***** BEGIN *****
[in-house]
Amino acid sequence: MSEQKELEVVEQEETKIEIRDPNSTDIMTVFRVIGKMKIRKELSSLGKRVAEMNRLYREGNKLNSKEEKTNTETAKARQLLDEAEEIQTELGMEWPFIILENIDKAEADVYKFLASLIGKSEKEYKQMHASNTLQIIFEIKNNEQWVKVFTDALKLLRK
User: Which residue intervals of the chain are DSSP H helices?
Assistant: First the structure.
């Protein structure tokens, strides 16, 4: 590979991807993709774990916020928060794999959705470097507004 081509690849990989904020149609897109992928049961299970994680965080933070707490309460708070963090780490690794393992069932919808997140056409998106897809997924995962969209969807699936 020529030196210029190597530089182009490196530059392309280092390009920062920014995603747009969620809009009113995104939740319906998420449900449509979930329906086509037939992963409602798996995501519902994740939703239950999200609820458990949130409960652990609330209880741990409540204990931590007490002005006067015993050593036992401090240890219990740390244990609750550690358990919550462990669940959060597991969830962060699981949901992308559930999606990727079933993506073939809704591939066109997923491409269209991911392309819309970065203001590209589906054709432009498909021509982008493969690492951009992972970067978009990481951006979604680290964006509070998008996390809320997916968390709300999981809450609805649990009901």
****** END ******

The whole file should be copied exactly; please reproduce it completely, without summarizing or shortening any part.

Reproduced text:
[in-house]
Amino acid sequence: MSEQKELEVVEQEETKIEIRDPNSTDIMTVFRVIGKMKIRKELSSLGKRVAEMNRLYREGNKLNSKEEKTNTETAKARQLLDEAEEIQTELGMEWPFIILENIDKAEADVYKFLASLIGKSEKEYKQMHASNTLQIIFEIKNNEQWVKVFTDALKLLRK
User: Which residue intervals of the chain are DSSP H helices?
Assistant: First the structure.
């Protein structure tokens, strides 16, 4: 590979991807993709774990916020928060794999959705470097507004 081509690849990989904020149609897109992928049961299970994680965080933070707490309460708070963090780490690794393992069932919808997140056409998106897809997924995962969209969807699936 020529030196210029190597530089182009490196530059392309280092390009920062920014995603747009969620809009009113995104939740319906998420449900449509979930329906086509037939992963409602798996995501519902994740939703239950999200609820458990949130409960652990609330209880741990409540204990931590007490002005006067015993050593036992401090240890219990740390244990609750550690358990919550462990669940959060597991969830962060699981949901992308559930999606990727079933993506073939809704591939066109997923491409269209991911392309819309970065203001590209589906054709432009498909021509982008493969690492951009992972970067978009990481951006979604680290964006509070998008996390809320997916968390709300999981809450609805649990009901």